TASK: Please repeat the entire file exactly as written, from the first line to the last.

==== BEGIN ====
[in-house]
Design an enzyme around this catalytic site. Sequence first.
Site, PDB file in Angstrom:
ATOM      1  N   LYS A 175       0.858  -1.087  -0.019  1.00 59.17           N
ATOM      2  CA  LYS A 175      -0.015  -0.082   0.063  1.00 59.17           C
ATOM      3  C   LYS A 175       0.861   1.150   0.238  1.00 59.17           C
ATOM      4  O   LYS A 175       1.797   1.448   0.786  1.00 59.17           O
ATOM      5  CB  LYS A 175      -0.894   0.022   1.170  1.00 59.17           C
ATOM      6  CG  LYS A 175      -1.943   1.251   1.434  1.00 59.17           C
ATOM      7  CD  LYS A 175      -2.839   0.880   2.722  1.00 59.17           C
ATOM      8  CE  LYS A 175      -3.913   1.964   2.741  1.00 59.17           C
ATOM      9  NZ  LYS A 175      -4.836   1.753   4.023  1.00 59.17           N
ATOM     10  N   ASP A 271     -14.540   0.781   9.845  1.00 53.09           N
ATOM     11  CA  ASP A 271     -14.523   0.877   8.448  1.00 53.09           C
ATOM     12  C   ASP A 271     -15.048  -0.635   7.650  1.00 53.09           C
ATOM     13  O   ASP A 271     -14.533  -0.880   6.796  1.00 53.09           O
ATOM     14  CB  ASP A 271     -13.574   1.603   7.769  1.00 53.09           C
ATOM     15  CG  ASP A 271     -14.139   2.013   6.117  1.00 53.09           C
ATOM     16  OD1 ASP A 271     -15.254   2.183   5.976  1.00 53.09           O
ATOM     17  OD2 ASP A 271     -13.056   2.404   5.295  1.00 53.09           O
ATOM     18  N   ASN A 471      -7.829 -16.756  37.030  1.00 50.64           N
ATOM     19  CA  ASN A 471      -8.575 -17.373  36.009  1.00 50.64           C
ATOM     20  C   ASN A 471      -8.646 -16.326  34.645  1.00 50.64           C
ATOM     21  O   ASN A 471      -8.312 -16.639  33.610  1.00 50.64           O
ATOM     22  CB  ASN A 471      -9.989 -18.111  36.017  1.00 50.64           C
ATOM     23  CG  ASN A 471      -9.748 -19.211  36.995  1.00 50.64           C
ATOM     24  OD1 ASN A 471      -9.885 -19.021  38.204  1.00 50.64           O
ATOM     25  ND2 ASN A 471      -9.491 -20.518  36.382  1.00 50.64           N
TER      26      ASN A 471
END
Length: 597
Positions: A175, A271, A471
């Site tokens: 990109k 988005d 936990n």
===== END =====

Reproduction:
[in-house]
Design an enzyme around this catalytic site. Sequence first.
Site, PDB file in Angstrom:
ATOM      1  N   LYS A 175       0.858  -1.087  -0.019  1.00 59.17           N
ATOM      2  CA  LYS A 175      -0.015  -0.082   0.063  1.00 59.17           C
ATOM      3  C   LYS A 175       0.861   1.150   0.238  1.00 59.17           C
ATOM      4  O   LYS A 175       1.797   1.448   0.786  1.00 59.17           O
ATOM      5  CB  LYS A 175      -0.894   0.022   1.170  1.00 59.17           C
ATOM      6  CG  LYS A 175      -1.943   1.251   1.434  1.00 59.17           C
ATOM      7  CD  LYS A 175      -2.839   0.880   2.722  1.00 59.17           C
ATOM      8  CE  LYS A 175      -3.913   1.964   2.741  1.00 59.17           C
ATOM      9  NZ  LYS A 175      -4.836   1.753   4.023  1.00 59.17           N
ATOM     10  N   ASP A 271     -14.540   0.781   9.845  1.00 53.09           N
ATOM     11  CA  ASP A 271     -14.523   0.877   8.448  1.00 53.09           C
ATOM     12  C   ASP A 271     -15.048  -0.635   7.650  1.00 53.09           C
ATOM     13  O   ASP A 271     -14.533  -0.880   6.796  1.00 53.09           O
ATOM     14  CB  ASP A 271     -13.574   1.603   7.769  1.00 53.09           C
ATOM     15  CG  ASP A 271     -14.139   2.013   6.117  1.00 53.09           C
ATOM     16  OD1 ASP A 271     -15.254   2.183   5.976  1.00 53.09           O
ATOM     17  OD2 ASP A 271     -13.056   2.404   5.295  1.00 53.09           O
ATOM     18  N   ASN A 471      -7.829 -16.756  37.030  1.00 50.64           N
ATOM     19  CA  ASN A 471      -8.575 -17.373  36.009  1.00 50.64           C
ATOM     20  C   ASN A 471      -8.646 -16.326  34.645  1.00 50.64           C
ATOM     21  O   ASN A 471      -8.312 -16.639  33.610  1.00 50.64           O
ATOM     22  CB  ASN A 471      -9.989 -18.111  36.017  1.00 50.64           C
ATOM     23  CG  ASN A 471      -9.748 -19.211  36.995  1.00 50.64           C
ATOM     24  OD1 ASN A 471      -9.885 -19.021  38.204  1.00 50.64           O
ATOM     25  ND2 ASN A 471      -9.491 -20.518  36.382  1.00 50.64           N
TER      26      ASN A 471
END
Length: 597
Positions: A175, A271, A471
């Site tokens: 990109k 988005d 936990n």